Is Inheritance Tax avoidable?
“By failing to prepare, you are preparing to fail” This famous quote by Benjamin Franklin perfectly describes the impact of ignoring the effect of Inheritance Tax on your family wealth.
Passing down our hard-earned estate to our loved ones is normally an objective for most people. As part of Talk Money Week 2023 (6-10 November), we have compiled some key considerations to assist with meeting this goal and lowering the impact of “death taxes”.
Inheritance Tax: too late to go back?
Gordon Brown, the previous Chancellor of the Exchequer, famously stated that Inheritance Tax (IHT) is “a voluntary tax”, sparking a lengthy and somewhat spirited debate on this topic.
In simple terms, IHT is charged to the deceased’s estate when it is valued above their available tax-free allowances. Currently the allowances are £325,000 as a nil rate band, with a potential further £175,000 as a residential nil rate band. If the deceased was married or in a civil partnership, inter-spouse transfers are exempt from IHT so typically IHT is charged on the second death of the couple. Furthermore, both tax-free allowances can be used on second death if available taking the potential allowances to £1m.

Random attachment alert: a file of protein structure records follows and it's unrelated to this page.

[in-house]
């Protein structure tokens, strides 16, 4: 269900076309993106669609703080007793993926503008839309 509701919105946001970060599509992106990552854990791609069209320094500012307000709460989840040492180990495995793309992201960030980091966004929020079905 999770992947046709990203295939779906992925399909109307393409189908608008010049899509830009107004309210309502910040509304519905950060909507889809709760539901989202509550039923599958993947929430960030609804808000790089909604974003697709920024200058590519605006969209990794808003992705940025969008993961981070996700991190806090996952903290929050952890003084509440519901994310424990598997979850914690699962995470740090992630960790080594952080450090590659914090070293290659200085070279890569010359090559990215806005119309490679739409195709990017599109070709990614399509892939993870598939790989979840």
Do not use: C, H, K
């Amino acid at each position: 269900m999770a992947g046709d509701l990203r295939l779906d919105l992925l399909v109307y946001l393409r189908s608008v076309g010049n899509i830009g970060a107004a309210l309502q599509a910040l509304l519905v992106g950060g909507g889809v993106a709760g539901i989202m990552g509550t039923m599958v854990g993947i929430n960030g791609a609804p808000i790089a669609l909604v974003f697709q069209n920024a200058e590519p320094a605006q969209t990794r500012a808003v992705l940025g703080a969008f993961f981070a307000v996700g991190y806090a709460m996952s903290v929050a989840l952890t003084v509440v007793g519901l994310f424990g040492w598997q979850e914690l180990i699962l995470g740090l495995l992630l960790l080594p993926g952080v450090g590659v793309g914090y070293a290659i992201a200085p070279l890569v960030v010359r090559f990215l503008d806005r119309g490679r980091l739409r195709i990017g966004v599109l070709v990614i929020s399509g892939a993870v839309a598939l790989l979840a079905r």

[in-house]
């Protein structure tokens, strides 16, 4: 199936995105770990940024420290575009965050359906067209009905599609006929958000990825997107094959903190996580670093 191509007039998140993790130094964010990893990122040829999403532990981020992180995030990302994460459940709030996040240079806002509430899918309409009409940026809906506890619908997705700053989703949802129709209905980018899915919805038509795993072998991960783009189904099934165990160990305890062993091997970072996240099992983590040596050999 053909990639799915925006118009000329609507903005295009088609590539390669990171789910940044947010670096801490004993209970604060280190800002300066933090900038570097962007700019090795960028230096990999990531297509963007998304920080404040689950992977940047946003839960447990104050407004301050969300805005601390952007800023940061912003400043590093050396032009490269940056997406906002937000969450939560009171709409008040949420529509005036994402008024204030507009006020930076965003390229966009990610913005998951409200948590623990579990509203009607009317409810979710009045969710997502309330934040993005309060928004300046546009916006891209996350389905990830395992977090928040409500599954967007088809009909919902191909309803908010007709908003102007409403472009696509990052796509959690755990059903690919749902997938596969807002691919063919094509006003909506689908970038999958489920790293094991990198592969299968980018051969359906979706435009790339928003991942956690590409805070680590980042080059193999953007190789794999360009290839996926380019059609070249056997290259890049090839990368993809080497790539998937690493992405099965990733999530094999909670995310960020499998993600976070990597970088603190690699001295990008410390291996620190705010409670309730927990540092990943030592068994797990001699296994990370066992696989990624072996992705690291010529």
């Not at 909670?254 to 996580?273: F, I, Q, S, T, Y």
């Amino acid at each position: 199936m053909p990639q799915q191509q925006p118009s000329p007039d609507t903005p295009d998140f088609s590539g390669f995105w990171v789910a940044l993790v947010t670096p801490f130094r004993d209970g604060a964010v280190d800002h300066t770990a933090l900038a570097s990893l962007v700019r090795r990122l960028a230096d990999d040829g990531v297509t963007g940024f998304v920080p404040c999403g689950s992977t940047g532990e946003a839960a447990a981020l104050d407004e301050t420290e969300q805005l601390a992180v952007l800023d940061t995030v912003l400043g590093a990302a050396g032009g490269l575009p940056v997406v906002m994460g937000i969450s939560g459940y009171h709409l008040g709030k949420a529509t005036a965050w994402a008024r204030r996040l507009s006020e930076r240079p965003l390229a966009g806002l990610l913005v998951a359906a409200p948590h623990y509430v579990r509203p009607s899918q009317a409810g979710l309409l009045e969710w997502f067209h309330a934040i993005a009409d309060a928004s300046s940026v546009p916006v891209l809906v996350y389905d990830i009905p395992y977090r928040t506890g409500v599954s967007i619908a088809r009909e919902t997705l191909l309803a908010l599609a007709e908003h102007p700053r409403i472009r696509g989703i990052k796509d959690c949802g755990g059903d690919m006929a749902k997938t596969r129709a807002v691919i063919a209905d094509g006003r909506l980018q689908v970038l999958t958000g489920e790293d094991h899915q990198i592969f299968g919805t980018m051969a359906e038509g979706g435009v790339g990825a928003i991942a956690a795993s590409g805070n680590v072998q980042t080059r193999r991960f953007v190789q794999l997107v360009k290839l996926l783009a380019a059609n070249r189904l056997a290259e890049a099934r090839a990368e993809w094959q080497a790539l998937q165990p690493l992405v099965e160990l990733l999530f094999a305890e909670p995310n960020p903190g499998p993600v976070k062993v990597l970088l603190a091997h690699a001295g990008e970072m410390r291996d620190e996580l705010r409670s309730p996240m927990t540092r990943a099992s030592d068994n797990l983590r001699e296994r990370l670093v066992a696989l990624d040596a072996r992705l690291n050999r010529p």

There is a reason why IHT is viewed by many as the tax on the wealthy, but that notion has rapidly changed in recent years. Amid stagnant tax-free allowance thresholds and the rising value of residential property, more and more families are finding their hard-earned family wealth reduced by the highly punitive 40% tax on death.
So, are there ways to mitigate this tax? Absolutely! Will this completely remove IHT from the estate? Probably not… but it is highly likely the liability can be significantly reduced if you plan.
Professional financial planning is the key driver to avoiding, or at least reducing, an IHT liability. Like all good plans, the earlier you start the planning conversation, the more favourable the outcome could be. Think of IHT as a “ticking timebomb”: the sooner you tackle the countdown, the better the result.
The first step in the journey is to understand the value of your estate. This entails gathering a list of all assets along with how they are held in your estate. As soon as you have established this, it becomes a more straightforward calculation using the available allowances, along with any prior gifts that have been made.